Claire won the role of Alizon Eliot in a new play by Christopher Frye, "The Lady's Not for Burning" and worked with Richard Burton, with whom she became friends, since both liked poetry. Claire says in her biography, that she had no social life and the age of 18, was totally involved in her work in the theater. Her father had written to her mother from South Africa and asked for a divorce in order to marry a South African heiress, and her mother agreed to the divorce. About that time, Claire left the successful Frye play and acted in "Ring Around the Moon" with Paul Scofield. Stories and photos of her began to appear in such magazines as Vogue and Harper's Bazaar. She was noticed by Charlie Chaplin as a potential leading lady for his next film.
Claire managed to obtain a release from her part in "Ring Around the Moon" and flew to America where she met Charlie Chaplin who cast her as a ballerina in his film "Limelight". The film was well made, but not successful because of the political climate, Mr. Chaplin was very unpopular at the time because of his leftist views. He was married to Oona O'Neil, daughter of Eugene O'Neil, and she bore him many children, and Claire became friends with Oona. Though the picture was not successful, Claire became famous because of it, with her picture on the cover of Time magazine in 1952, and later in 1956 on the cover of Life magazine for Richard III. She became acquainted with Sydney Chaplin, Charlie's oldest son by an earlier marriage, and they went together until she returned to London. She next starred as Juliet at the Old Vic in London, opposite Alan Badel. When the play moved to Edinburgh, Claire experienced some health problems, including a cold, but managed to overcome them to win acclaim as Juliet. When her father visited London with his new wife, Claire refused to eat dinner with them, but soon regreted her actions, when her father died suddenly from a heart attack shortly after, at the age of 42.
At the age of 22, Claire continued to act on the stage, but in 1958 she got a role in the film "Look Back in Anger" costarring with Richard Burton, with whom earlier, she had become very close friends, and she later traveled throughout Europe with him and his wife Sybil. In 1956 she had starred with Sir Laurence Olivier as Lady Anne in the film "Richard III". Claire also appeared on television with Jose Ferrer, as Roxanne, in Cyrano De Bergerac. In 1958, she acted with Yul Brynner in The Brothers Karamazov and became very close friends with him, and during the filming, she met a young Elvis Presley who was filming on an adjacent lot. She still owned her house in Chelsea and decided to remain in London for some time, but was offered a role in the play Rashomon, starring opposite Rod Steiger. They soon became close friends and were married in 1959, and had a daughter named Anna Justine on February 13, 1960. Her mother came to America to join her for the birth, but 8 weeks later Claire went back to work in Berlin where she acted in a film with Curt Jurgens. She also acted with her husband in several films, and later he won an Oscar for his part in "The Heat of the Night". In 1964, Claire joined Richard Burton again in the film "The Spy Who Came in From the Cold", but was irritated by Elizabeth Taylor's possessive visits to the set.
In 1969, Claire met the producer, Hillard Elkins, who became infatuated with her, and pursued her until he convinced her to leave her husband, Rod Steiger, and marry him. She married Elkins about 1970, during which time he introduced her to smoking pot and new sexual practices. During the marriage, her daughter Anna was very unhappy, but Elkins produced two plays for his wife to star in, A Doll's House and Hedda Gabler. A Doll's House was very successful for Claire and she later starred as Nora in the movie of the same name. Shortly thereafter, Claire won the role of Blanche in Tennessee William's revival of "A Streetcar Named Desire" on Broadway. She lost quite a bit of weight in order to play the role. By 1975, her marriage with Elkins was over, after she discovered one of his affairs. Claire appeared in another Tennessee Williams play "The Red Devil Battery Sign" but the play closed soon after its opening, and Claire returned to London, upset and disappointed and not financially solvent.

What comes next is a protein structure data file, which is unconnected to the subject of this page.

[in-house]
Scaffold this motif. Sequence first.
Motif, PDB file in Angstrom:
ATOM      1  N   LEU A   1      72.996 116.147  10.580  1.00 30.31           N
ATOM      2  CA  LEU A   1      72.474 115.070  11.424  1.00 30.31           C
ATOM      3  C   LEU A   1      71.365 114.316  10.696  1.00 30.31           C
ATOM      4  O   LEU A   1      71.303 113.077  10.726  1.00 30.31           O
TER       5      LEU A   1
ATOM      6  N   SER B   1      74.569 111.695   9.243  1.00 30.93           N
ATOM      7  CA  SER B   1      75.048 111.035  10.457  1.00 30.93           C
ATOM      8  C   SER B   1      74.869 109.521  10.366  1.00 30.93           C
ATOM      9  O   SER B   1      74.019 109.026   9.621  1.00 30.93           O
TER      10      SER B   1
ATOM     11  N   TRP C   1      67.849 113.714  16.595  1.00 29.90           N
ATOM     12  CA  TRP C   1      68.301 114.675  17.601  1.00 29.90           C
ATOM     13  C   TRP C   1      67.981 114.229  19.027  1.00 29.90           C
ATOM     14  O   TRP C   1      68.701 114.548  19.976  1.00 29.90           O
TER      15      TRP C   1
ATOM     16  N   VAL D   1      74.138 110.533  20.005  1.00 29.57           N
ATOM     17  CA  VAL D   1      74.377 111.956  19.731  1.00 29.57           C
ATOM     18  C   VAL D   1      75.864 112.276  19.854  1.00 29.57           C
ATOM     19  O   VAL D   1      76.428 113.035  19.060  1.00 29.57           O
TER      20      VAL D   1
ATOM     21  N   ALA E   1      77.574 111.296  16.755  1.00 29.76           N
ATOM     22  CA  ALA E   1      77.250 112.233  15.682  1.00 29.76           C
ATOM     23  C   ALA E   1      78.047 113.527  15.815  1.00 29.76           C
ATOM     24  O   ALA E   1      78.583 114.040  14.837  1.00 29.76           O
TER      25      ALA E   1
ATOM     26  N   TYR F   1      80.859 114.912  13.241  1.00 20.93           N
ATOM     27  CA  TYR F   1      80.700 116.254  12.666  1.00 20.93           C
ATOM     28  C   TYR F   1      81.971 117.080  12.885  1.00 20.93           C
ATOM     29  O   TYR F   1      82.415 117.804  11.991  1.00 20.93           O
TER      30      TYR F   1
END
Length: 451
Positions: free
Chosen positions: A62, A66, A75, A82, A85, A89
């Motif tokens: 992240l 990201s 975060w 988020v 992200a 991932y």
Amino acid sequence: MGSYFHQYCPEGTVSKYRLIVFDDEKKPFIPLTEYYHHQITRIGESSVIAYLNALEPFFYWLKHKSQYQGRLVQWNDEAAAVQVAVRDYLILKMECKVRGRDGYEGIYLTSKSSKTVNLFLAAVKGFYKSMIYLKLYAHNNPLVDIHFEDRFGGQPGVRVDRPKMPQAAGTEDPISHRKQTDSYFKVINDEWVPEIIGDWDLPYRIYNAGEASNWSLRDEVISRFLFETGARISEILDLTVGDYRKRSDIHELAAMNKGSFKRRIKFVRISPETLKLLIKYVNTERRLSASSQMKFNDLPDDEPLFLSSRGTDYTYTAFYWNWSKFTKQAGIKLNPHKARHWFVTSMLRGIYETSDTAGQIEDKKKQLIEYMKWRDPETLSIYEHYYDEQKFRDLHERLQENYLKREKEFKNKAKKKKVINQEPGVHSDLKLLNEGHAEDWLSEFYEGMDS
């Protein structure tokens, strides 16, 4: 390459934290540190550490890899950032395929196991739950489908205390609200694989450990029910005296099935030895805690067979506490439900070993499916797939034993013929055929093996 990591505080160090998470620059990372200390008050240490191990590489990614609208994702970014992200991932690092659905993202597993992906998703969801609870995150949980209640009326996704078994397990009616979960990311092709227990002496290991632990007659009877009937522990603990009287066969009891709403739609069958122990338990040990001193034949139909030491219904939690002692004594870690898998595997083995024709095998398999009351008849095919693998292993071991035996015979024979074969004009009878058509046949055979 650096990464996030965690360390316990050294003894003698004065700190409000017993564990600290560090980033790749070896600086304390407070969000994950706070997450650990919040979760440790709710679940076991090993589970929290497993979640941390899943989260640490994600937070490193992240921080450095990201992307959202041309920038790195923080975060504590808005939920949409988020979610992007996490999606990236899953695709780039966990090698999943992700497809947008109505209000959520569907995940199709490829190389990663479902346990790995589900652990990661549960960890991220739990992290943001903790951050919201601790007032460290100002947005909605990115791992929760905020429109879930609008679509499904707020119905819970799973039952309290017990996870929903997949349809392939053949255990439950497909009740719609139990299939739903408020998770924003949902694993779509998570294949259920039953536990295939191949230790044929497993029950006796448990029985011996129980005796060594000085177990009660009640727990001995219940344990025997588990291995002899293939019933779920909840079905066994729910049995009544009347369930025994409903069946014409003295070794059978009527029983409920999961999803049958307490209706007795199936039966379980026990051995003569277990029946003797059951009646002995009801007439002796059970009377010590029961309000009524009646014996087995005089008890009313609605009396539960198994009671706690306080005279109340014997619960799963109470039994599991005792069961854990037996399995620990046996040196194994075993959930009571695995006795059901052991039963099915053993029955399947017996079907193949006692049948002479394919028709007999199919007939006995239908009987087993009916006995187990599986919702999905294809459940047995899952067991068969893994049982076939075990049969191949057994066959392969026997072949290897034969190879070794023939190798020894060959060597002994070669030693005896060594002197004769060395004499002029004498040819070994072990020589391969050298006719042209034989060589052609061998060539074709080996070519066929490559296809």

For a few months, Claire lived quietly with her daughter and her mother, but soon accepted a movie role opposite George C. Scott, in Hemingway's "Islands in the Stream" which was filmed in Hawaii. During a brief stop in New York, on her flight to Hawaii, she met the writer Philip Roth, whom she had first met in 1966. He had written the very successful book, "Goodbye Columbus" and later wrote "Portnoy's Complaint". She admired his intellect and writing ability and soon began writing letters to him. They soon became very close and later Claire moved in with him in New York. She lived with him for many years before marrying him about 1990. His erratic behavior and betrayals caused her a great deal of anxiety and eventually she divorced her third husband in 1994.
Claire's only daughter, Anna, grew up to study music and became an opera singer and sang the role of Maddelena in Riggoletto at the Monte Carlo Opera in 1995. Her brother John became a well known film editor. In 1993, Claire acted the role of Madame Ranevskaya in "The Cherry Orchard" for the American Reperatory Theatre (ART), and in 1995 she acted in the movie "Daylight" with Sylvester Stallone. In 1996 she played the part of Mary Tyrone in the O'Neill play "Long Days Journey into Night". Claire later starred in her own production of Shakespeare's Women and Claire Bloom and continues to accept guest roles on television, such as a part on the CBS Soap Opera "As the World Turns" in 1995/6 and occasional guest appearances on other TV shows. As she said at the end of her recent autobiography "Claire Bloom A Memoir: Leaving A Doll's House"-
"Now begins the rest of my life".
Claire continues to act in many roles, and her work in Shakespeare's plays is among the best of any actress that ever played the parts.